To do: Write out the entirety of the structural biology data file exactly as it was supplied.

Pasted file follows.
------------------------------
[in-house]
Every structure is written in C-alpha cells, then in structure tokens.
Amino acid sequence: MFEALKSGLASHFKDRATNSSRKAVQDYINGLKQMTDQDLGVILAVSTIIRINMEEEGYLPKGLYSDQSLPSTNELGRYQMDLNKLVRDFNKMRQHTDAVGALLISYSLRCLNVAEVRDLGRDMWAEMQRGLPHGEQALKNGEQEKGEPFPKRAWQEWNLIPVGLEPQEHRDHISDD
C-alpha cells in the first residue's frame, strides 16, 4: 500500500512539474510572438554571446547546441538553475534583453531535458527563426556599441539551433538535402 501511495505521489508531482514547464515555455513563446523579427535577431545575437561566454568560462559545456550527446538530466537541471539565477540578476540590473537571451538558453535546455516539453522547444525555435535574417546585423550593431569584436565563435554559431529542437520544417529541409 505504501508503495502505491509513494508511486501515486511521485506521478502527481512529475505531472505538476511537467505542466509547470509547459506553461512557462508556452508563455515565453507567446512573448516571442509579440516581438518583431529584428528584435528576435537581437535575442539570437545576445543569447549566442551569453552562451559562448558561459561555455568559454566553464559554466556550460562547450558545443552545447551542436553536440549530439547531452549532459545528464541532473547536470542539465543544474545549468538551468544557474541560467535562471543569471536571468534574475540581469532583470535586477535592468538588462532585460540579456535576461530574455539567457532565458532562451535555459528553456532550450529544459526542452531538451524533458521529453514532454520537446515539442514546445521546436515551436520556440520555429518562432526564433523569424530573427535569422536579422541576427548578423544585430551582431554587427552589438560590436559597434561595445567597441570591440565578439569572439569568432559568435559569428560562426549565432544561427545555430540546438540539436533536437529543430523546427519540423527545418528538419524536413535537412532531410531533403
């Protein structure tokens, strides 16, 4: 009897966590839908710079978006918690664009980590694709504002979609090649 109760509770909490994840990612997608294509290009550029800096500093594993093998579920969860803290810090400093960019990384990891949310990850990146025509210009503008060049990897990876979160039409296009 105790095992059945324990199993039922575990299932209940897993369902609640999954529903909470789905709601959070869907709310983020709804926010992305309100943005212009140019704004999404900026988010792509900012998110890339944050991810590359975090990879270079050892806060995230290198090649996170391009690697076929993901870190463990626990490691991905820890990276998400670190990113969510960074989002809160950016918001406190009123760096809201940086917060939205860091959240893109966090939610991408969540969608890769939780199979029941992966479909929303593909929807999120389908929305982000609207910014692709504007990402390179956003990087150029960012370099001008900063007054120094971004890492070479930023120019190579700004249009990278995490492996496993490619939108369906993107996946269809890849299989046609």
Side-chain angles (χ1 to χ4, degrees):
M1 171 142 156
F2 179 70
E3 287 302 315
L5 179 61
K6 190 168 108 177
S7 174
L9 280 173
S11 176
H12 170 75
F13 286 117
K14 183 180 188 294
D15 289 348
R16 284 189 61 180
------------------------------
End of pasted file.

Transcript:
[in-house]
Every structure is written in C-alpha cells, then in structure tokens.
Amino acid sequence: MFEALKSGLASHFKDRATNSSRKAVQDYINGLKQMTDQDLGVILAVSTIIRINMEEEGYLPKGLYSDQSLPSTNELGRYQMDLNKLVRDFNKMRQHTDAVGALLISYSLRCLNVAEVRDLGRDMWAEMQRGLPHGEQALKNGEQEKGEPFPKRAWQEWNLIPVGLEPQEHRDHISDD
C-alpha cells in the first residue's frame, strides 16, 4: 500500500512539474510572438554571446547546441538553475534583453531535458527563426556599441539551433538535402 501511495505521489508531482514547464515555455513563446523579427535577431545575437561566454568560462559545456550527446538530466537541471539565477540578476540590473537571451538558453535546455516539453522547444525555435535574417546585423550593431569584436565563435554559431529542437520544417529541409 505504501508503495502505491509513494508511486501515486511521485506521478502527481512529475505531472505538476511537467505542466509547470509547459506553461512557462508556452508563455515565453507567446512573448516571442509579440516581438518583431529584428528584435528576435537581437535575442539570437545576445543569447549566442551569453552562451559562448558561459561555455568559454566553464559554466556550460562547450558545443552545447551542436553536440549530439547531452549532459545528464541532473547536470542539465543544474545549468538551468544557474541560467535562471543569471536571468534574475540581469532583470535586477535592468538588462532585460540579456535576461530574455539567457532565458532562451535555459528553456532550450529544459526542452531538451524533458521529453514532454520537446515539442514546445521546436515551436520556440520555429518562432526564433523569424530573427535569422536579422541576427548578423544585430551582431554587427552589438560590436559597434561595445567597441570591440565578439569572439569568432559568435559569428560562426549565432544561427545555430540546438540539436533536437529543430523546427519540423527545418528538419524536413535537412532531410531533403
């Protein structure tokens, strides 16, 4: 009897966590839908710079978006918690664009980590694709504002979609090649 109760509770909490994840990612997608294509290009550029800096500093594993093998579920969860803290810090400093960019990384990891949310990850990146025509210009503008060049990897990876979160039409296009 105790095992059945324990199993039922575990299932209940897993369902609640999954529903909470789905709601959070869907709310983020709804926010992305309100943005212009140019704004999404900026988010792509900012998110890339944050991810590359975090990879270079050892806060995230290198090649996170391009690697076929993901870190463990626990490691991905820890990276998400670190990113969510960074989002809160950016918001406190009123760096809201940086917060939205860091959240893109966090939610991408969540969608890769939780199979029941992966479909929303593909929807999120389908929305982000609207910014692709504007990402390179956003990087150029960012370099001008900063007054120094971004890492070479930023120019190579700004249009990278995490492996496993490619939108369906993107996946269809890849299989046609």
Side-chain angles (χ1 to χ4, degrees):
M1 171 142 156
F2 179 70
E3 287 302 315
L5 179 61
K6 190 168 108 177
S7 174
L9 280 173
S11 176
H12 170 75
F13 286 117
K14 183 180 188 294
D15 289 348
R16 284 189 61 180